SPRINGFIELD – Hospital metrics Tuesday, May 19 showed the number of hospital beds, intensive care unit beds and ventilators occupied by COVID-19 patients are all at their lowest levels since the state began updating the numbers daily on April 12.
There were 4,002 people hospitalized with COVID-19 as of midnight Monday (May 18), the lowest since there were 4,091 hospitalized on April 12. There were 993 COVID-19 patients in ICU beds, the first time that number fell below 1,000 during the period of daily updates. There were 576 COVID-19 patients on ventilators — the first time that number fell below 600 in the period.
Illinois Department of Public Health Director Dr. Ngozi Ezike said during the governor’s daily COVID-19 teleconference Tuesday, May 18 that the trend downward was good news, although they would be watched closely as the state moves toward a gradual reopening.
“This just solidifies these measures have been working, both the stay-at-home, both the masking, both the social distancing. All of those things are affected and that’s why we’ve got numbers that are improving,” she said.
Ezike said while case numbers continue to climb, that’s a function of increased testing. Over the past seven days, Gov. J.B. Pritzker said, Illinois has become the number one state in the nation for testing per capita among the most populous states in the nation.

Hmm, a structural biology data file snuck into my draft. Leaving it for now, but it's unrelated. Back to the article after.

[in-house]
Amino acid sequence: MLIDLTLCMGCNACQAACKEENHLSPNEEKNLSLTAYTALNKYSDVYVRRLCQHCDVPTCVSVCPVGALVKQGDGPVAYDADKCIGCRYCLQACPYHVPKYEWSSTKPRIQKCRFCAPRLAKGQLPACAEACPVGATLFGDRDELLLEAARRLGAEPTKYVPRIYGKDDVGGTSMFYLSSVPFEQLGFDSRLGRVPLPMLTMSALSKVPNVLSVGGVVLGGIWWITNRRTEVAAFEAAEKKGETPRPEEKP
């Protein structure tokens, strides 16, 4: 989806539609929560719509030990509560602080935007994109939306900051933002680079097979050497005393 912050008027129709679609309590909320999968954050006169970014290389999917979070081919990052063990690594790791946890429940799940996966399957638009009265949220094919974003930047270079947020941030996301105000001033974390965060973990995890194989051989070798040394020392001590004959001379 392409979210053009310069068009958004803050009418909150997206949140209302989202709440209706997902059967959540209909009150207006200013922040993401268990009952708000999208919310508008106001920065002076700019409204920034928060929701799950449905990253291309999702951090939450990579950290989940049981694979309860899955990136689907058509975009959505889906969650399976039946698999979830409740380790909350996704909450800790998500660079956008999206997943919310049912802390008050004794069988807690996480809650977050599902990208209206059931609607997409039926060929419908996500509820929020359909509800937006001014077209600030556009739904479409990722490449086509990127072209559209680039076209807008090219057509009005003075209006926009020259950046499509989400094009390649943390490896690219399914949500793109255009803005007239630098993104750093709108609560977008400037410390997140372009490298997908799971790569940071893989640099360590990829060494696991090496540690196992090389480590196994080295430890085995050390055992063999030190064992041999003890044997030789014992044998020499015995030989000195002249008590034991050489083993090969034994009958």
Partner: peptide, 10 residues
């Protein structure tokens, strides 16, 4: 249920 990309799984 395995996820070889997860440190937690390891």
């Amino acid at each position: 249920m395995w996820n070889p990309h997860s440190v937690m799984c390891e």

There were 1,545 new cases reported in the past 24 hours among 18,443 tested for a positivity rate of 8.4 percent. There are now 98,030 confirmed cases among 621,684 tested since the pandemic arrived, although the majority of those who have tested positive have recovered.
There were another 146 virus-related deaths reported Tuesday as well, pushing the total to 4,379.
“And we know that the deaths would have been significantly increased if we had not implemented a stay-at-home order,” Ezike said. “We could have seen tens of thousands of deaths. So as we move to reopen we must do it safely and deliberately.”
Pritzker said all four regions of the state are set to move to the third phase of his reopening plan by the end of May.
Ezike said as more Illinoisans venture farther from their homes, health officials will be watching the hospitalization numbers closely to “make sure that these measures that have loosened don’t have a spike that will make us want to tamp the brakes a little bit.”